Relevance, Representation, and Responsibility: Exploring World Language Teachers’ Critical Consciousness and Pedagogies
Published Web Locationhttps://doi.org/10.5070/L212246037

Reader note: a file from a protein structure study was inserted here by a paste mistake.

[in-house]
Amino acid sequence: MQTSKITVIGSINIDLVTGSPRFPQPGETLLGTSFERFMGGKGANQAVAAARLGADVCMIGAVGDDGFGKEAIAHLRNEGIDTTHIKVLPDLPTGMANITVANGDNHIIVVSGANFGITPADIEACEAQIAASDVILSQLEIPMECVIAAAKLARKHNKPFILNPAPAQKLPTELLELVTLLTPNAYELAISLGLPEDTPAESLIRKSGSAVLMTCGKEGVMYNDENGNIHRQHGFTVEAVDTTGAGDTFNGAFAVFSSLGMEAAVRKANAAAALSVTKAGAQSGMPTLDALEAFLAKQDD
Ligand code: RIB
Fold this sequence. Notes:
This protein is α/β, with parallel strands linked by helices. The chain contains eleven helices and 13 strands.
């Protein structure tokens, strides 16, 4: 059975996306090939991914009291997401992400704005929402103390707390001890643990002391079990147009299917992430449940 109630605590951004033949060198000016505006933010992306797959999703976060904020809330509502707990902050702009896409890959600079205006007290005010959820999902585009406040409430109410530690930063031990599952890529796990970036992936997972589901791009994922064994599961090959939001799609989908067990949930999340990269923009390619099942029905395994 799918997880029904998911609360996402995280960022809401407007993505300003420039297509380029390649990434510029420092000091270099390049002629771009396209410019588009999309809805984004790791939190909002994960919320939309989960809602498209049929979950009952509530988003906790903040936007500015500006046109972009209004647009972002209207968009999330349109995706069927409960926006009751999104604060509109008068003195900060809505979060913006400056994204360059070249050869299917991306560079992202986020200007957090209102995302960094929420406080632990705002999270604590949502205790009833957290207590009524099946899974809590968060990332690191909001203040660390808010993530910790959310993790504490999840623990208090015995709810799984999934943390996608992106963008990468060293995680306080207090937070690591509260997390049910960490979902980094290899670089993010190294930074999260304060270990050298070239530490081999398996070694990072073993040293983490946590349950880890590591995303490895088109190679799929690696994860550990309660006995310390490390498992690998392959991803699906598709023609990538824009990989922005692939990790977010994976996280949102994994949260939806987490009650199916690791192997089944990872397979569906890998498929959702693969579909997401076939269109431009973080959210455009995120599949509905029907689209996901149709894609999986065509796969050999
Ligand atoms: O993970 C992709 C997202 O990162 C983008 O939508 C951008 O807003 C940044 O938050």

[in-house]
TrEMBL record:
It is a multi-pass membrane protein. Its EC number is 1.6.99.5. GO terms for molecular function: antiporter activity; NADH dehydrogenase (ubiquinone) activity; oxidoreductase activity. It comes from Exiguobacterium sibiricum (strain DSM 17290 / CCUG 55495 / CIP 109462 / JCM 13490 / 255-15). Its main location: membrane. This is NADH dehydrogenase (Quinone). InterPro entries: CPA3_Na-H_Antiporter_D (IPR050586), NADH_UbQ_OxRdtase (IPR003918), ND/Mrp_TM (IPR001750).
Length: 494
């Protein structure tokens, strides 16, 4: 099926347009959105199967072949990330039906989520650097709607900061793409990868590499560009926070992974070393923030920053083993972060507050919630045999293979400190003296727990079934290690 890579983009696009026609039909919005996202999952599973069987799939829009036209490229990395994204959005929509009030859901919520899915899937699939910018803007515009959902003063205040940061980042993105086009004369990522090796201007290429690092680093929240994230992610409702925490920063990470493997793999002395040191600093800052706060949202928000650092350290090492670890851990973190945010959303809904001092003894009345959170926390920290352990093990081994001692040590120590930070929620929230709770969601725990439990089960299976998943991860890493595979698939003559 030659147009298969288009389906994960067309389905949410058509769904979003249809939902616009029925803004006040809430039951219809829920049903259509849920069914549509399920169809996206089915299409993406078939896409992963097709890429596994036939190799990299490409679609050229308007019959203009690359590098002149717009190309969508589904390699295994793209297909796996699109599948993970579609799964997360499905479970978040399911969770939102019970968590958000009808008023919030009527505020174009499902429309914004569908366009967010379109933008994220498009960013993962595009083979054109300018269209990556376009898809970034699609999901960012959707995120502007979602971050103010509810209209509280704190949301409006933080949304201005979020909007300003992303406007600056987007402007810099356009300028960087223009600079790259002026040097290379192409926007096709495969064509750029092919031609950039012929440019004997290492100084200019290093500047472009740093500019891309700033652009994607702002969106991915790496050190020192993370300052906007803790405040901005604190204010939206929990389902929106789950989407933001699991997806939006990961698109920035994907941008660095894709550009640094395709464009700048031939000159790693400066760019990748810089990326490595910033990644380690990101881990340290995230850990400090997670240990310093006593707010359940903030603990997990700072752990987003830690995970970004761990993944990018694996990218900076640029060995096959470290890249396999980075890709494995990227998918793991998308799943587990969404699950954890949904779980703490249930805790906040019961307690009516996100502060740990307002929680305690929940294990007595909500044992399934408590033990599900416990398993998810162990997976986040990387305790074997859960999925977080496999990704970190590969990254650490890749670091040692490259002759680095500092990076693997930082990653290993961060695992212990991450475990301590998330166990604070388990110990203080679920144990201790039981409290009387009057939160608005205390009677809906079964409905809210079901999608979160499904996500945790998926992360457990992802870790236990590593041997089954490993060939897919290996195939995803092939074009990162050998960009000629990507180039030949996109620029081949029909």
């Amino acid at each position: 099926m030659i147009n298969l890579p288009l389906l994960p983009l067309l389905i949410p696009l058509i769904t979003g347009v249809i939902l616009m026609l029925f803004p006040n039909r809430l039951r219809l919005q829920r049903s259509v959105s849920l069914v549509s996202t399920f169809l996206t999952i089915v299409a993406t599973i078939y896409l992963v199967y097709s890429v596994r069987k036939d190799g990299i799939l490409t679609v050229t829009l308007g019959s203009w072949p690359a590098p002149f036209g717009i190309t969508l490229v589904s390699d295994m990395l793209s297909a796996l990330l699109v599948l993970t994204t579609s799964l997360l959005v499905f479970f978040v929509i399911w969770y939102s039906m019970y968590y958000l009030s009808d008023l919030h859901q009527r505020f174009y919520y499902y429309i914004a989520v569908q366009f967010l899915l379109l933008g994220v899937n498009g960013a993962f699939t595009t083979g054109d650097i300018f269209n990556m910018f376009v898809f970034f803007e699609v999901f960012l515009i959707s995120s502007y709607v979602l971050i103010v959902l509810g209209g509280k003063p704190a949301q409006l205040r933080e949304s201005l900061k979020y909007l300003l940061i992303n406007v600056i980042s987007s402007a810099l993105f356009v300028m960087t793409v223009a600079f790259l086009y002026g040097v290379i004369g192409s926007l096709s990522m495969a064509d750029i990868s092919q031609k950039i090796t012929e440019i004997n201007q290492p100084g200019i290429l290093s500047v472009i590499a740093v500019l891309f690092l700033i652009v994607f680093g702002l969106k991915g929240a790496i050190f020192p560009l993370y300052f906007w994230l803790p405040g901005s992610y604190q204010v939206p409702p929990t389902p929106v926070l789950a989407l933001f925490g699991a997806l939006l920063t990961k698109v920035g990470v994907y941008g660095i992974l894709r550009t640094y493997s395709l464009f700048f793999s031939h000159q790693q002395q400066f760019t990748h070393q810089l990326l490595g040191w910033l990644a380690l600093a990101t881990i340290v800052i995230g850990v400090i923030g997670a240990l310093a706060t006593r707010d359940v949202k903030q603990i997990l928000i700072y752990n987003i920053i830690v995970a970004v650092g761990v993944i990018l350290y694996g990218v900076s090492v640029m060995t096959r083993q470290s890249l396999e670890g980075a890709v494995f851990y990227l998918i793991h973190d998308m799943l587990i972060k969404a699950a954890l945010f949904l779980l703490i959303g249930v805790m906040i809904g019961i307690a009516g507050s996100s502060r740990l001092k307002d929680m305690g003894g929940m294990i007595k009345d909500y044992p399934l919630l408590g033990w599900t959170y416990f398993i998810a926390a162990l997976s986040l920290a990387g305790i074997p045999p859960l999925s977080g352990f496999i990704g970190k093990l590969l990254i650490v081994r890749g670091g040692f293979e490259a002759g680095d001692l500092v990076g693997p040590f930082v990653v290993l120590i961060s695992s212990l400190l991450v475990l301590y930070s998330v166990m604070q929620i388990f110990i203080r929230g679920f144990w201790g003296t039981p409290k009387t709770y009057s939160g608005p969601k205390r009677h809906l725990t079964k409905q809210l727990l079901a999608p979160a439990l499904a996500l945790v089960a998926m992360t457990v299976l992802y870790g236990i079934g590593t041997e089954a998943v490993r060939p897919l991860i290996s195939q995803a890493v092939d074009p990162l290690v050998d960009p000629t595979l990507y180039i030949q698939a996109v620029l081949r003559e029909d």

Critical pedagogical work hinges upon teachers’ critical consciousness about students’ identities that constitute ‘diversity’ and how they are situated within systems of oppression and privilege. In this study, survey data were collected from practicing world language teachers’ (WLTs) to explore their beliefs about the extent to which dimensions of students’ identities played a role in their language teaching practices. Additionally, these data captured their beliefs about the extent to which teachers, administrators, curriculum developers, and schools should be responsible for addressing identity dimensions, such as ethnoracial status, gender, socioeconomic status, and faith. Results from cluster analyses indicated that teachers’ orientations varied systematically: a first belief orientation locates neither teachers nor schools as responsible, and that student ‘diversity’ may be irrelevant to education; a second orientation locates both teachers and schools as having shared responsibility, but that some identities might be irrelevant to teaching and learning; a third orientation wherein teachers viewed some identity dimensions as more relevant to their teaching practices than others, suggesting that, although teachers may be critically conscious about identity, that consciousness may not translate to critical pedagogical practices; and a last orientation that suggests critically conscious language teachers who also endorse learner-centered teaching practices. Findings from this study illuminate new theoretical and conceptual spaces about WLTs’ sense of responsibility and advocacy for both students and the ways they position their classrooms as sites of critical pedagogies. These findings have implications for teacher leaders and teacher educators as they work to build teacher capacities for engaging in critical pedagogies that examine systems of oppression and privilege in language classrooms.